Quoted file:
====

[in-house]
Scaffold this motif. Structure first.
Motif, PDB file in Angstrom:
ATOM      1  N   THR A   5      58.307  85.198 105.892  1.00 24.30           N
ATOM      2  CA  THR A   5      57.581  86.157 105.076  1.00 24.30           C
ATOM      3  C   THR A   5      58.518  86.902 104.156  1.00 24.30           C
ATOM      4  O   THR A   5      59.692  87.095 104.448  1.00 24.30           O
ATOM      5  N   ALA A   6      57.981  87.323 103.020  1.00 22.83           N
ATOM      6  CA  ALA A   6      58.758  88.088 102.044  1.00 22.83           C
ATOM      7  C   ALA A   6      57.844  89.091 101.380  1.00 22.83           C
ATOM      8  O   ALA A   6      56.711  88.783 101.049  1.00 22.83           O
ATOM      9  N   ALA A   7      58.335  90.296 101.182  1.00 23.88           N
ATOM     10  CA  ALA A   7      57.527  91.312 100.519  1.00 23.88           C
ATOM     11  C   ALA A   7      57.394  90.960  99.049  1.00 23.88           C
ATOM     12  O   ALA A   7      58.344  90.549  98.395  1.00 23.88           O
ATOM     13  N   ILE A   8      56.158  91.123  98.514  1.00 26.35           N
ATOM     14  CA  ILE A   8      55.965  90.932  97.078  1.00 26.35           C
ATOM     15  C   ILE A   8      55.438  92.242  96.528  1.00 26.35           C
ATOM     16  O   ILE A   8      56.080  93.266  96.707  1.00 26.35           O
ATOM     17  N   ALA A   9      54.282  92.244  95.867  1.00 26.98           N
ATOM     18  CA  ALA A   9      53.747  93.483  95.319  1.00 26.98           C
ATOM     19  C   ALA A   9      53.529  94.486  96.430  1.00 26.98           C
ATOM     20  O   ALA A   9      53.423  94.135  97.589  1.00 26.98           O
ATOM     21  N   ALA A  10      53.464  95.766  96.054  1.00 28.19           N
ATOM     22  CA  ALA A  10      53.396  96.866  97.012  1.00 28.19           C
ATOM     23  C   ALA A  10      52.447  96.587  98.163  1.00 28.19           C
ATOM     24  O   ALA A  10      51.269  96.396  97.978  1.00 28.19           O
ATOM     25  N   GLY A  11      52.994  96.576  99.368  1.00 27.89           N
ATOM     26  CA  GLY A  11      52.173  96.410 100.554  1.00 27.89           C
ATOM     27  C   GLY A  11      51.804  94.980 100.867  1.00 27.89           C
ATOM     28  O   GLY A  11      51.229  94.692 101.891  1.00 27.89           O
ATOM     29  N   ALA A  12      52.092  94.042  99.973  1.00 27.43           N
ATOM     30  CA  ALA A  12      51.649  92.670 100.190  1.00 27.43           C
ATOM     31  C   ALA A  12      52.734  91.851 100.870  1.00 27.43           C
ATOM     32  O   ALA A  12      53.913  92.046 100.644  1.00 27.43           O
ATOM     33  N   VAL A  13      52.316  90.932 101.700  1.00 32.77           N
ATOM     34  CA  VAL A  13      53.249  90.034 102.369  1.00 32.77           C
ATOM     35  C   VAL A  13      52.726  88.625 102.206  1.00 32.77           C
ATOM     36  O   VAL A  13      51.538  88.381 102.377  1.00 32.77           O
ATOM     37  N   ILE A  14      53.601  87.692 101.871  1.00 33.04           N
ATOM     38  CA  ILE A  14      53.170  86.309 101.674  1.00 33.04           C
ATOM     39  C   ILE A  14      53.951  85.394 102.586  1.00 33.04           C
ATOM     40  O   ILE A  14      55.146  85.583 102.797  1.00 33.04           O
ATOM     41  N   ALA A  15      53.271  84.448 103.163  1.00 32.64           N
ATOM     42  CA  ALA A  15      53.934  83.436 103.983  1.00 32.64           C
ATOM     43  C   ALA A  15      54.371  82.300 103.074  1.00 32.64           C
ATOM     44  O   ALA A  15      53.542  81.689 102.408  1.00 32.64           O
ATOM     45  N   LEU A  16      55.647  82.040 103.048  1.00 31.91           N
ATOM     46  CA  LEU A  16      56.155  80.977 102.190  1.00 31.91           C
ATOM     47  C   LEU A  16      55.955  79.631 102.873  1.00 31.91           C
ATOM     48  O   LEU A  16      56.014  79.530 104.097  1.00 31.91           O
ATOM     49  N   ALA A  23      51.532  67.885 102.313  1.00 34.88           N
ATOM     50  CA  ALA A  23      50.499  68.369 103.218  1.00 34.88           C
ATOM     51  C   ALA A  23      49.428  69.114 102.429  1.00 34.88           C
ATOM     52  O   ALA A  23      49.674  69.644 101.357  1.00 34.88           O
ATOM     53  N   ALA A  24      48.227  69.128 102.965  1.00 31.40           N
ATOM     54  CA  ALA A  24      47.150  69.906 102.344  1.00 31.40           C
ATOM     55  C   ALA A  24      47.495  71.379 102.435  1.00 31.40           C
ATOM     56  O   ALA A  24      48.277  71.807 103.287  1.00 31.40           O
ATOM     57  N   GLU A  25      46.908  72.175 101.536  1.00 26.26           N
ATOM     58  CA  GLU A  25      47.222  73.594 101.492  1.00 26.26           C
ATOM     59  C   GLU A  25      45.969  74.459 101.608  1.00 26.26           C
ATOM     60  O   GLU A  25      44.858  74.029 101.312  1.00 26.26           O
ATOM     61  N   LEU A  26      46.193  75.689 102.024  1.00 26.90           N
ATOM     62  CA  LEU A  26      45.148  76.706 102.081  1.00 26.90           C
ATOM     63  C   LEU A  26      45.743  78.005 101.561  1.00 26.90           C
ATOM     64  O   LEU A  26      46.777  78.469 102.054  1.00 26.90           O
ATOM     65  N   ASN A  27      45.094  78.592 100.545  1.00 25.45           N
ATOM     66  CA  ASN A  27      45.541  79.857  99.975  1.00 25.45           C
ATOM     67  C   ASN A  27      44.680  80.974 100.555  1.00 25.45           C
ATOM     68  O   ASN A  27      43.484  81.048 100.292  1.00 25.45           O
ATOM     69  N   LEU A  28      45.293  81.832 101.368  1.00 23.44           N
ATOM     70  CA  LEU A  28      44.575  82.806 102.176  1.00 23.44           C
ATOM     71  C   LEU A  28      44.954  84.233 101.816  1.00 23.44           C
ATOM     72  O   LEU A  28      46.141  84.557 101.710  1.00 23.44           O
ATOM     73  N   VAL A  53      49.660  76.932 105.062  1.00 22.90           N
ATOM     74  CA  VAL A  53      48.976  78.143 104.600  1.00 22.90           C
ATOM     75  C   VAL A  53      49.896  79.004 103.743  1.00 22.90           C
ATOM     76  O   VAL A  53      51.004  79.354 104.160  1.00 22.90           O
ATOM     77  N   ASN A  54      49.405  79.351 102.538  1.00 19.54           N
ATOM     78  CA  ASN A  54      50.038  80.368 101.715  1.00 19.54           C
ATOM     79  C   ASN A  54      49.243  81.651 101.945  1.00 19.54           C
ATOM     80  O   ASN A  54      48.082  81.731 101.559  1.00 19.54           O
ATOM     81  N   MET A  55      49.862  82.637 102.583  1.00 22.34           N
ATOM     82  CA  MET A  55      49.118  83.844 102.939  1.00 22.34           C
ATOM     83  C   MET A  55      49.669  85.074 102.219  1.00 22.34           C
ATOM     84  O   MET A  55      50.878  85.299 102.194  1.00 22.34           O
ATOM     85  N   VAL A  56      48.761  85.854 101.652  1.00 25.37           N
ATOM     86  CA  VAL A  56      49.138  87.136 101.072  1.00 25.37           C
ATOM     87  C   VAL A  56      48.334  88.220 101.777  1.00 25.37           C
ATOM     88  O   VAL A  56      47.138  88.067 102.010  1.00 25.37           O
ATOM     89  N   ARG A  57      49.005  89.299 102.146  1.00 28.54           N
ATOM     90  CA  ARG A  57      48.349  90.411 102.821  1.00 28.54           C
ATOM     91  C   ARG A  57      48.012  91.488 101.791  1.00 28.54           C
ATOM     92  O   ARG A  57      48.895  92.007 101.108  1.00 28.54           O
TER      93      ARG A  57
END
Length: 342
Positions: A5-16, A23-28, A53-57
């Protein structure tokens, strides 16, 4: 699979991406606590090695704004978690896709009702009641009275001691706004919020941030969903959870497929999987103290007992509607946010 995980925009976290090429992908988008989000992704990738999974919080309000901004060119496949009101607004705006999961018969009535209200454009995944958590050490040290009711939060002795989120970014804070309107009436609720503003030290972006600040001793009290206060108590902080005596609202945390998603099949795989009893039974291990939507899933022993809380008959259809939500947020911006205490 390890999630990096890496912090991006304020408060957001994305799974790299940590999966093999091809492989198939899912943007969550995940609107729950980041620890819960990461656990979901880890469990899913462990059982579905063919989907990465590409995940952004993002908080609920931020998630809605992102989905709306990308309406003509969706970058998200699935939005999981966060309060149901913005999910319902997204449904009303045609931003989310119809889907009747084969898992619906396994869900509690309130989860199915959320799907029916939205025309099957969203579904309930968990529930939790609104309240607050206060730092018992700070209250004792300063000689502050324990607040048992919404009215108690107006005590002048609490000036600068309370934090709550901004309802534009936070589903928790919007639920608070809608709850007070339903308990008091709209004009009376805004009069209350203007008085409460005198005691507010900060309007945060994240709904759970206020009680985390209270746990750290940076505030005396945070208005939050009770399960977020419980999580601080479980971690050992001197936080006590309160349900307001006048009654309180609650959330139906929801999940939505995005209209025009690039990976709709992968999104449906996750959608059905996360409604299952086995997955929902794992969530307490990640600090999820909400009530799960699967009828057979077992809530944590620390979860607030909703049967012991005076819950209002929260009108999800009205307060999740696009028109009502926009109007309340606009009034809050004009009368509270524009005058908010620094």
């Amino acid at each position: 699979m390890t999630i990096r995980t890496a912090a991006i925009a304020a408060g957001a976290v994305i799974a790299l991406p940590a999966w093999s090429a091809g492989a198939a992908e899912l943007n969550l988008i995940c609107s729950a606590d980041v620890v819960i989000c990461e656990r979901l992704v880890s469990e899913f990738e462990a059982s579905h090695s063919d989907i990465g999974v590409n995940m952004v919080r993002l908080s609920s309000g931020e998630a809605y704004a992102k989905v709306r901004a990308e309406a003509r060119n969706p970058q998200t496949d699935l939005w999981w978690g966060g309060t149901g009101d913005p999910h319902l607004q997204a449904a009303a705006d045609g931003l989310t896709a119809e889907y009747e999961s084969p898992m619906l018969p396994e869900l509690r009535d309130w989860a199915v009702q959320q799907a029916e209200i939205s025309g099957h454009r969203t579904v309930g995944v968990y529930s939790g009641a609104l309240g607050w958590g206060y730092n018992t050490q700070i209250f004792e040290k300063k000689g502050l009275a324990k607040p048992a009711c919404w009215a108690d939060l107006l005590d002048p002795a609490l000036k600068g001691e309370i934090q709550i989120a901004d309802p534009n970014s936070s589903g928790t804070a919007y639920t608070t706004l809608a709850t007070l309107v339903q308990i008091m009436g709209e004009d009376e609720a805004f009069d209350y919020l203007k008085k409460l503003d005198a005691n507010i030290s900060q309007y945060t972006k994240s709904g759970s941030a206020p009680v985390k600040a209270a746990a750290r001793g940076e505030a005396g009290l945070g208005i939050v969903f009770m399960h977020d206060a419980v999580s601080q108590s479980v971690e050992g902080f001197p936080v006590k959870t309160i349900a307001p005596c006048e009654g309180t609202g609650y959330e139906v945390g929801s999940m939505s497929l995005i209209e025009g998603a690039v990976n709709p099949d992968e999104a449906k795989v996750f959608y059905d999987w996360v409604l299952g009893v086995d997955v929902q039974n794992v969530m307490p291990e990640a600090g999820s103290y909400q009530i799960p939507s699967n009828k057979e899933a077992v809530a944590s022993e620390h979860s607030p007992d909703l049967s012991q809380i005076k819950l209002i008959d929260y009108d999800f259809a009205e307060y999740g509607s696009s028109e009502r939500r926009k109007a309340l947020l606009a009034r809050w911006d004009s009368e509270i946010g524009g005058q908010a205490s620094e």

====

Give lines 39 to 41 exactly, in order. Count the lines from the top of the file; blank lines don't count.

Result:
ATOM     36  O   VAL A  13      51.538  88.381 102.377  1.00 32.77           O
ATOM     37  N   ILE A  14      53.601  87.692 101.871  1.00 33.04           N
ATOM     38  CA  ILE A  14      53.170  86.309 101.674  1.00 33.04           C